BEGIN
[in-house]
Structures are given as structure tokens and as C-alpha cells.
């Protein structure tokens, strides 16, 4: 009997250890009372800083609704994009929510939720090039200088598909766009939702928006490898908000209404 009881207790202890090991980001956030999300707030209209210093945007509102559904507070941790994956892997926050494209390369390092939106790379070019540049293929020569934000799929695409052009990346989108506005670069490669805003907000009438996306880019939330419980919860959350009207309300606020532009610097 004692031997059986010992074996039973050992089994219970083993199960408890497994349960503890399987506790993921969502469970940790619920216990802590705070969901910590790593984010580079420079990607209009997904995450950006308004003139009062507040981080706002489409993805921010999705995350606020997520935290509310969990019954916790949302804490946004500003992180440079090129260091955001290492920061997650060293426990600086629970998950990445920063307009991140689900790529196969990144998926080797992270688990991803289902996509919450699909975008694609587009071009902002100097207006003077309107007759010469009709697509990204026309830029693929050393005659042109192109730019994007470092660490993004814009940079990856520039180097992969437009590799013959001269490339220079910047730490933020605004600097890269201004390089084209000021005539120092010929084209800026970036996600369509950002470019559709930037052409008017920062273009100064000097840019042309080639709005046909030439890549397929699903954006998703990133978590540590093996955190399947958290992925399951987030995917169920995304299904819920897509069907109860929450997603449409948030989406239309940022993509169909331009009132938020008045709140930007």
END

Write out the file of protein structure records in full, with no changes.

[in-house]
Structures are given as structure tokens and as C-alpha cells.
């Protein structure tokens, strides 16, 4: 009997250890009372800083609704994009929510939720090039200088598909766009939702928006490898908000209404 009881207790202890090991980001956030999300707030209209210093945007509102559904507070941790994956892997926050494209390369390092939106790379070019540049293929020569934000799929695409052009990346989108506005670069490669805003907000009438996306880019939330419980919860959350009207309300606020532009610097 004692031997059986010992074996039973050992089994219970083993199960408890497994349960503890399987506790993921969502469970940790619920216990802590705070969901910590790593984010580079420079990607209009997904995450950006308004003139009062507040981080706002489409993805921010999705995350606020997520935290509310969990019954916790949302804490946004500003992180440079090129260091955001290492920061997650060293426990600086629970998950990445920063307009991140689900790529196969990144998926080797992270688990991803289902996509919450699909975008694609587009071009902002100097207006003077309107007759010469009709697509990204026309830029693929050393005659042109192109730019994007470092660490993004814009940079990856520039180097992969437009590799013959001269490339220079910047730490933020605004600097890269201004390089084209000021005539120092010929084209800026970036996600369509950002470019559709930037052409008017920062273009100064000097840019042309080639709005046909030439890549397929699903954006998703990133978590540590093996955190399947958290992925399951987030995917169920995304299904819920897509069907109860929450997603449409948030989406239309940022993509169909331009009132938020008045709140930007």